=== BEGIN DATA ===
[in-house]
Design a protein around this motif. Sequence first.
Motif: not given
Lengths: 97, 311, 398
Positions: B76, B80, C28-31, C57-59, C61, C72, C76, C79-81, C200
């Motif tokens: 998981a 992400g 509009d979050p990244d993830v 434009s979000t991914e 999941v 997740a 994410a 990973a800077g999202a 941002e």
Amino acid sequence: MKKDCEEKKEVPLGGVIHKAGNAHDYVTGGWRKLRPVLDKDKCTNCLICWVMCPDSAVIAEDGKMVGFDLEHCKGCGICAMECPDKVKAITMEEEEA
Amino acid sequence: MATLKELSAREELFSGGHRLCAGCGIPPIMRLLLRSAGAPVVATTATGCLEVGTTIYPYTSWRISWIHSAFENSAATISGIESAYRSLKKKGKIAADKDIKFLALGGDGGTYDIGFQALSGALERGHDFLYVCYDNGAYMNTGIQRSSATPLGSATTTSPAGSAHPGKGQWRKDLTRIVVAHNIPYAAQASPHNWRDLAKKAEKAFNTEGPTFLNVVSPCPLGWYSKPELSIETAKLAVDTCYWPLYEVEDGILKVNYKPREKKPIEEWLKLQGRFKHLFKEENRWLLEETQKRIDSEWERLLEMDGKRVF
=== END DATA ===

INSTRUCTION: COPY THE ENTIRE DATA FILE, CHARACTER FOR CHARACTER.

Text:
[in-house]
Design a protein around this motif. Sequence first.
Motif: not given
Lengths: 97, 311, 398
Positions: B76, B80, C28-31, C57-59, C61, C72, C76, C79-81, C200
């Motif tokens: 998981a 992400g 509009d979050p990244d993830v 434009s979000t991914e 999941v 997740a 994410a 990973a800077g999202a 941002e």
Amino acid sequence: MKKDCEEKKEVPLGGVIHKAGNAHDYVTGGWRKLRPVLDKDKCTNCLICWVMCPDSAVIAEDGKMVGFDLEHCKGCGICAMECPDKVKAITMEEEEA
Amino acid sequence: MATLKELSAREELFSGGHRLCAGCGIPPIMRLLLRSAGAPVVATTATGCLEVGTTIYPYTSWRISWIHSAFENSAATISGIESAYRSLKKKGKIAADKDIKFLALGGDGGTYDIGFQALSGALERGHDFLYVCYDNGAYMNTGIQRSSATPLGSATTTSPAGSAHPGKGQWRKDLTRIVVAHNIPYAAQASPHNWRDLAKKAEKAFNTEGPTFLNVVSPCPLGWYSKPELSIETAKLAVDTCYWPLYEVEDGILKVNYKPREKKPIEEWLKLQGRFKHLFKEENRWLLEETQKRIDSEWERLLEMDGKRVF